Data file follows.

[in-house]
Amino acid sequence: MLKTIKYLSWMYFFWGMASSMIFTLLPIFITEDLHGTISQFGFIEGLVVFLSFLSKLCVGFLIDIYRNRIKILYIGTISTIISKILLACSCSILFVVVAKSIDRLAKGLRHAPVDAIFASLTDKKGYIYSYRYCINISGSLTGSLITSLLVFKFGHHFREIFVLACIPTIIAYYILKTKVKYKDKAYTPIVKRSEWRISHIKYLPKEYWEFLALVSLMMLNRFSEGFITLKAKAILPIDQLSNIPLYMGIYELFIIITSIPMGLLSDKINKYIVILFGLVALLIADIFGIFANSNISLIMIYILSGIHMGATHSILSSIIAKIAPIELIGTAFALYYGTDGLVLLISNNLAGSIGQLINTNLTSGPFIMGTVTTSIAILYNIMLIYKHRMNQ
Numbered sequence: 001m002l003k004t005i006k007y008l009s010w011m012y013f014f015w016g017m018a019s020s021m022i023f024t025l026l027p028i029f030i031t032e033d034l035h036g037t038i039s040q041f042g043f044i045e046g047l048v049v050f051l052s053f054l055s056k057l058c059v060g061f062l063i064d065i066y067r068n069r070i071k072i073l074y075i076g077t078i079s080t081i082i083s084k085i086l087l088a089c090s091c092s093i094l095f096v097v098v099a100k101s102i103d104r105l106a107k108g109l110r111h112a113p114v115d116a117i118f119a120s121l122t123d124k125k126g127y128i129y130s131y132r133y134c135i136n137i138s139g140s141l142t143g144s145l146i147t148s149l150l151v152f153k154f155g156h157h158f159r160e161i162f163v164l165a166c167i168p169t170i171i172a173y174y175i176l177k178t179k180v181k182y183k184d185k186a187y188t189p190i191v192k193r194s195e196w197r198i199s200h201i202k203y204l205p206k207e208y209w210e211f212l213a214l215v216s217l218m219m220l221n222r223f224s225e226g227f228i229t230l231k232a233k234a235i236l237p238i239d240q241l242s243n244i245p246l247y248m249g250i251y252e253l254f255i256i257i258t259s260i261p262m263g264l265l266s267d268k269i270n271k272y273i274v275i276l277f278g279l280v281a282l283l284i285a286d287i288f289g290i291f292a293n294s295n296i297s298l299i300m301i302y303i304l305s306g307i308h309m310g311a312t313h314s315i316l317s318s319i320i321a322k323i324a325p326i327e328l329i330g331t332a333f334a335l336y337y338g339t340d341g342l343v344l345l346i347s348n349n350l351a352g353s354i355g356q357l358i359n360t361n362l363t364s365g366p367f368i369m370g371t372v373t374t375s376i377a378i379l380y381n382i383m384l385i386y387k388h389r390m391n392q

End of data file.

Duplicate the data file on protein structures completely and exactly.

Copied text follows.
[in-house]
Amino acid sequence: MLKTIKYLSWMYFFWGMASSMIFTLLPIFITEDLHGTISQFGFIEGLVVFLSFLSKLCVGFLIDIYRNRIKILYIGTISTIISKILLACSCSILFVVVAKSIDRLAKGLRHAPVDAIFASLTDKKGYIYSYRYCINISGSLTGSLITSLLVFKFGHHFREIFVLACIPTIIAYYILKTKVKYKDKAYTPIVKRSEWRISHIKYLPKEYWEFLALVSLMMLNRFSEGFITLKAKAILPIDQLSNIPLYMGIYELFIIITSIPMGLLSDKINKYIVILFGLVALLIADIFGIFANSNISLIMIYILSGIHMGATHSILSSIIAKIAPIELIGTAFALYYGTDGLVLLISNNLAGSIGQLINTNLTSGPFIMGTVTTSIAILYNIMLIYKHRMNQ
Numbered sequence: 001m002l003k004t005i006k007y008l009s010w011m012y013f014f015w016g017m018a019s020s021m022i023f024t025l026l027p028i029f030i031t032e033d034l035h036g037t038i039s040q041f042g043f044i045e046g047l048v049v050f051l052s053f054l055s056k057l058c059v060g061f062l063i064d065i066y067r068n069r070i071k072i073l074y075i076g077t078i079s080t081i082i083s084k085i086l087l088a089c090s091c092s093i094l095f096v097v098v099a100k101s102i103d104r105l106a107k108g109l110r111h112a113p114v115d116a117i118f119a120s121l122t123d124k125k126g127y128i129y130s131y132r133y134c135i136n137i138s139g140s141l142t143g144s145l146i147t148s149l150l151v152f153k154f155g156h157h158f159r160e161i162f163v164l165a166c167i168p169t170i171i172a173y174y175i176l177k178t179k180v181k182y183k184d185k186a187y188t189p190i191v192k193r194s195e196w197r198i199s200h201i202k203y204l205p206k207e208y209w210e211f212l213a214l215v216s217l218m219m220l221n222r223f224s225e226g227f228i229t230l231k232a233k234a235i236l237p238i239d240q241l242s243n244i245p246l247y248m249g250i251y252e253l254f255i256i257i258t259s260i261p262m263g264l265l266s267d268k269i270n271k272y273i274v275i276l277f278g279l280v281a282l283l284i285a286d287i288f289g290i291f292a293n294s295n296i297s298l299i300m301i302y303i304l305s306g307i308h309m310g311a312t313h314s315i316l317s318s319i320i321a322k323i324a325p326i327e328l329i330g331t332a333f334a335l336y337y338g339t340d341g342l343v344l345l346i347s348n349n350l351a352g353s354i355g356q357l358i359n360t361n362l363t364s365g366p367f368i369m370g371t372v373t374t375s376i377a378i379l380y381n382i383m384l385i386y387k388h389r390m391n392q